ventions — Proceedings.

Xational X'ocational Guidance Bul-
letin.

Frank Parsons. Ph. D. — Choosing a
\'ocation.

There has lieen some work along
scientific lines to determine a boy's
aptitude, and I have been much in-
terested in the experiment made, but
perhaps no one would tell him that
he was not adapted to that kind of



work but that he should go to a school
which taught subjects for which he
was adapted.

This is where systematic Voca-
tional Guidance finds its work. Be-
fore a boy is allowed to enroll in a
certain course which has a definite
vocation as its object, he sliould be
examined for his aptitude for that vo-
cation, and even after he has been
I am not satisfied that these experi-
ments are successful enough to justify
using the method. I should be very
glad if we could use any of the meth-
ods which have been tried, as it would
simplify our work, and one man could
examine each pupil, and in a few min-
utes tell him just what course he
should take, and then in a few years
we would have a world of happy and
contented people, as Carlyle says,
"Blessed is he who has found his
work, let him ask no other blessed-
ness."

In my limited experience I have
found the pupils quite willing to con-
sider any talk over their likes and
dislikes, and if you approach them in
a free and cordial manner, they will
do their part, and this has led me to
suggest that the schools then should
do their part.

With the high cost of education, in
high schools it runs from $7.5 to over
a hundred dollars per pupil for a
school year, it seems to me that the
finished product should be more effi-
cient. As an example, just this last
week more than six of our graduates
who had been taking a general course
came to me for positions. They
wanted clerical positions but did not
want to work for five or six dollars a
week. I could have placed them in
factory positions where they could
have learned a business, but no, they
wanted nice, clean, office jobs, but
they had no commercial training so
that they could demand the .$10 and
$12 a week which our commercial
course graduates are .getting. Don't
you agree with me that there is sofne-
thing wrong with our high schools
when such a condition exists'

If we teachers really knew how
much better work we would get from
our pupils, how much better the dis-
cipline would be, how much greater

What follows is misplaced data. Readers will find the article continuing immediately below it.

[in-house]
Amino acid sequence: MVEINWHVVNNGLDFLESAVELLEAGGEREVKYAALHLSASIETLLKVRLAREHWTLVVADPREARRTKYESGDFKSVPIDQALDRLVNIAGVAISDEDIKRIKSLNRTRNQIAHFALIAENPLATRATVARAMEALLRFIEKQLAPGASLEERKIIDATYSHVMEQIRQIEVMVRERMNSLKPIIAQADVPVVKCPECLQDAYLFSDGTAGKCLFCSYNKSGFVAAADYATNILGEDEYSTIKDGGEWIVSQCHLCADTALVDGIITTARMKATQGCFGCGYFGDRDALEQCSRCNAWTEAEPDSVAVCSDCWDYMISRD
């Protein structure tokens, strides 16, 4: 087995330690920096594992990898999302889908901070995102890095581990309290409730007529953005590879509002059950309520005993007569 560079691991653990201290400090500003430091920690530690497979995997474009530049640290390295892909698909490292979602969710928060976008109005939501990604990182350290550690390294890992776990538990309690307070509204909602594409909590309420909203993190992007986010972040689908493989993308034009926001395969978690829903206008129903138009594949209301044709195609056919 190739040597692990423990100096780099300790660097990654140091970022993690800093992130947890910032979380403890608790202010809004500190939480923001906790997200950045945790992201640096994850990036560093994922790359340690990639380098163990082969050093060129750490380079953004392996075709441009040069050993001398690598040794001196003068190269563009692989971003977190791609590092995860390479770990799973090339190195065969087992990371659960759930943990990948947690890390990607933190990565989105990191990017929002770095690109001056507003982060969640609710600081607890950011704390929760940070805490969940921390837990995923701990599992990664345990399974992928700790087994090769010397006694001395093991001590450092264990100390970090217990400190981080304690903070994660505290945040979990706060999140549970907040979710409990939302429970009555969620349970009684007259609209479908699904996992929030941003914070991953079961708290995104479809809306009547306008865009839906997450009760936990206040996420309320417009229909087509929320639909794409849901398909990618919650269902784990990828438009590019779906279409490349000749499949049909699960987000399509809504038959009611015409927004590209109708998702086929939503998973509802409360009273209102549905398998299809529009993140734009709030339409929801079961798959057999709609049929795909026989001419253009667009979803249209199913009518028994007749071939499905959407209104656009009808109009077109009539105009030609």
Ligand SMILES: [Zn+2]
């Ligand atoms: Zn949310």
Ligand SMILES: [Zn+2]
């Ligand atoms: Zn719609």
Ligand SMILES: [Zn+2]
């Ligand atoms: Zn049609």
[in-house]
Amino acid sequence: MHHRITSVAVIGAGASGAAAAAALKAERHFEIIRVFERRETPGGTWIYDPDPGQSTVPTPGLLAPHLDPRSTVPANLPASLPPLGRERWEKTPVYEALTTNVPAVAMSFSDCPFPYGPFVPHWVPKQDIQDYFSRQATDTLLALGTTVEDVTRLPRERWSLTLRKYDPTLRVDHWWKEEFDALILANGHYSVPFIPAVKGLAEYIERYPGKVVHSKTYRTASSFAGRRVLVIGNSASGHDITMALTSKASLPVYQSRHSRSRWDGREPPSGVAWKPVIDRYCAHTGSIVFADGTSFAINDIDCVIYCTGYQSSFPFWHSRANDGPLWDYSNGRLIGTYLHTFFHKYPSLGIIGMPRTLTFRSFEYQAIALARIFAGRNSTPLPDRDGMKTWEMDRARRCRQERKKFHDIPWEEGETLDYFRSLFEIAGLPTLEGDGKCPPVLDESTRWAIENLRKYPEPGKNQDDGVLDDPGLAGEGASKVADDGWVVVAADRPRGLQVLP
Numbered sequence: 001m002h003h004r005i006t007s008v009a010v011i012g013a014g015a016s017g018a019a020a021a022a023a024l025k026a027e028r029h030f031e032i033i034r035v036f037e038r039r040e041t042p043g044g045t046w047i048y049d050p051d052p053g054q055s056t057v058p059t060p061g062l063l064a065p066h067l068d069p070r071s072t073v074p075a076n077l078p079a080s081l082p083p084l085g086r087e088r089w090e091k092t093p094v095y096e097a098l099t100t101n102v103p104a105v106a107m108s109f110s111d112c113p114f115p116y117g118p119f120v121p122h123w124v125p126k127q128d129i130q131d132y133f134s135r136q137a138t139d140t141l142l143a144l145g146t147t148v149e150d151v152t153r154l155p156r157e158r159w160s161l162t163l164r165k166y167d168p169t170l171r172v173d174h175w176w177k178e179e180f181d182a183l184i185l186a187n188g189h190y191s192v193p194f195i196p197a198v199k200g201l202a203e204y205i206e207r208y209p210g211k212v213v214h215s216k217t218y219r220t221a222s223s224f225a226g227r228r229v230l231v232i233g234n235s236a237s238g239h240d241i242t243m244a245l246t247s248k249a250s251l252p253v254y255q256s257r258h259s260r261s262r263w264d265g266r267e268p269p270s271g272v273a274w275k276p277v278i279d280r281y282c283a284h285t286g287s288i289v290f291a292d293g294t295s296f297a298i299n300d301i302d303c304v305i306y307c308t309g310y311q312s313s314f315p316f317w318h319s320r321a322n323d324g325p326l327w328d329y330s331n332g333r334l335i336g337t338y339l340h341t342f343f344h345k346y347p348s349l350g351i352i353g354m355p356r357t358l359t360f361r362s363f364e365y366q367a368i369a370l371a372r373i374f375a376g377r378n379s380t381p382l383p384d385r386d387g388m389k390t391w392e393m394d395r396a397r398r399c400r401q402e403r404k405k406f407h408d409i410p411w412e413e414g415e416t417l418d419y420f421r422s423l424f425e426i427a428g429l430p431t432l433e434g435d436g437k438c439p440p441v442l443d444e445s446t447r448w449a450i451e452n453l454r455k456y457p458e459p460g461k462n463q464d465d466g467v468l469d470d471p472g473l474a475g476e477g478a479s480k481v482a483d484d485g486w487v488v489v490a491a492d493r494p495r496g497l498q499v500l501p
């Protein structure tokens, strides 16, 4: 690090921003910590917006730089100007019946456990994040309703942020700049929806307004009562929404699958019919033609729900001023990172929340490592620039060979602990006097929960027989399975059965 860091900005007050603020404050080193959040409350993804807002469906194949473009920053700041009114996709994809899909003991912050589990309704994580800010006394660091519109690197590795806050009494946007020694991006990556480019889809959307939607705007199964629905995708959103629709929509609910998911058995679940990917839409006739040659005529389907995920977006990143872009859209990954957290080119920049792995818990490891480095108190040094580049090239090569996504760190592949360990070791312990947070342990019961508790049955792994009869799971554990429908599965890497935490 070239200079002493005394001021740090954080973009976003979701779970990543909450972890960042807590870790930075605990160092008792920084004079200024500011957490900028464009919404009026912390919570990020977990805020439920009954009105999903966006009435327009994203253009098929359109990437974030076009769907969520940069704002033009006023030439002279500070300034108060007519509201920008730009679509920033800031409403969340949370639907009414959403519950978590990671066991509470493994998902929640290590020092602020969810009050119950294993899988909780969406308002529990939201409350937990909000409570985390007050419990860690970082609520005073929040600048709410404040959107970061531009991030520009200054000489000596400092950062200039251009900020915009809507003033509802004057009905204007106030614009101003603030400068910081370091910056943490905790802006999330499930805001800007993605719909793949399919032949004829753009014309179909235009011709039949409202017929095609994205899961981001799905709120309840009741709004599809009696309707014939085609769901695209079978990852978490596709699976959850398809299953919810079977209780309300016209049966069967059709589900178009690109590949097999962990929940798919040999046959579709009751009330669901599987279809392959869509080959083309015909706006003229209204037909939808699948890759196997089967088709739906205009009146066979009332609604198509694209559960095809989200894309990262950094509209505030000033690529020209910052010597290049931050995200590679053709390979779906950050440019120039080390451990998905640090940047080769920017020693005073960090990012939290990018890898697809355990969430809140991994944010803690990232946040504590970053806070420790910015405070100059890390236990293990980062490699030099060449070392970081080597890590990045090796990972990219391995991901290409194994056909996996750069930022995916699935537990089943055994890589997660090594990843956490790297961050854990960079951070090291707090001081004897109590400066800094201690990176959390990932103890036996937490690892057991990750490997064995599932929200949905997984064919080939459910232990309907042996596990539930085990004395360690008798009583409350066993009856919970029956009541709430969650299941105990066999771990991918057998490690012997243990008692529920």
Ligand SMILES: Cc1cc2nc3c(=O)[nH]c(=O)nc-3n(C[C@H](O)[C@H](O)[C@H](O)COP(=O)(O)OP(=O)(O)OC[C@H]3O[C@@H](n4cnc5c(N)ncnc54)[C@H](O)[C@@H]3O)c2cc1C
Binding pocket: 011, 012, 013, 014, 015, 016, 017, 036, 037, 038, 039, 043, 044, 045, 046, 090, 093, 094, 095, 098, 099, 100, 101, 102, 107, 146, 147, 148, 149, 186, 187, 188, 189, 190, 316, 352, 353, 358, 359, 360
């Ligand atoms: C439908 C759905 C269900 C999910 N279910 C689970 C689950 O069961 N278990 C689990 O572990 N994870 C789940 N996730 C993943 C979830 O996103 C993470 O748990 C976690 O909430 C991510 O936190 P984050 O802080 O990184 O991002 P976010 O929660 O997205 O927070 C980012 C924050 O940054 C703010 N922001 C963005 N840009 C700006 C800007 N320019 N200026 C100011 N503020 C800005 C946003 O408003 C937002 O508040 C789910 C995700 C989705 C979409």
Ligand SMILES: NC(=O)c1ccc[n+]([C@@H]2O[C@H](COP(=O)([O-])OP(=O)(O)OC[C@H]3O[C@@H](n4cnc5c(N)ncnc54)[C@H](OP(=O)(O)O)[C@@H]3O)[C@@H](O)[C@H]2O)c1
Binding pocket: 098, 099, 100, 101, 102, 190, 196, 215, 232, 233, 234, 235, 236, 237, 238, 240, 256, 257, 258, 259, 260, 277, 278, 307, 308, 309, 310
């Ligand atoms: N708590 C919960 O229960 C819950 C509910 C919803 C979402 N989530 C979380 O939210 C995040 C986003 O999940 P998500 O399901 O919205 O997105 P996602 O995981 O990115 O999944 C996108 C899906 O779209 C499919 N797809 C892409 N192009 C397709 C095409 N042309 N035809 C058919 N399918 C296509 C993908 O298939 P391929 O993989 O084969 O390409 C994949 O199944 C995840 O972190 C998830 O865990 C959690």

interest the pupils would take, when
we have gotten ever\ pupil to take
the course he really is fitted for, not
one of us would lose any time study-
ing this important, interesting sub-
ject, and getting it into practice in
our schools.

In my next article I am going to
outline the plan we have put into our
scliool'the past semester, and T should
be glad to receive any suggestions or
criticisms that my fellow teachers
have to make of it.



Remington

"Remington Xotes" for September
is. as usual, unusually attractive and
helpful. If you are a typist and not
on the free mailing list you are miss-
ing an opportunity to secure informa-
tion, inspiration, and entertainment all
at the same time and in as inviting
form as it is possible.



^ f^J^ud/n^U^^^i^^fu^i^^




ADVERTISING

THOS. E. CUPPER, Inc. Acct.
Bingen, Ga.

ADVERTISING TALK No. 7

The point has now been reached
where it may be well to consider the
intrinsic value — or
profit side — of adver-
tising, and, with this
end in view, the few
following simple ques-
tions are submitted
merely to impress
upon the reader the
importance of logical
thinking and plan-
ning.
In tlie first place. Does it pay to
create a place among the commodities
of the world for a new article? Sec-
ond, Is it wise to advertise a Nation-
ally known or reputed one? There
must be an answer and a reason for
the conclusion, and whatever it may
be — the important question then re-
mains, How do you KNOW whether
or not you are correct?

Would it be possible to wedge into
the public's heart and mind a new ar-
ticle — a new idea — a new method, and
thus secure for it a footing worthy of
its mission without publicity of some
description.

Will advertising alone produce
popularity and standardization?

Is it possible to maintain standard-
ization of any product of brain or
brawn without, some manner of pub-
licity?

Why do many l)usinesses set aside
and expend each year a certain sum
of money for Newspaper. Journal or
Magazine advertising, or pay various
amounts to printers for pamphlets,
circulars. booklets, catalogues or
other matter for direct advertising?

Along what lines should one seek
to attract?

Advertisin.a is being given greater
attention and more closelv studied
now than formerly, BECAUSE it en-
ables the manufacturer, the producer,
etc.. to market his ofiferings to the
best advantage. The general recep-
tive mood of a community, or a com-
bination of communities may vary to
some extent in several details, but the
.general attitude of the public will, to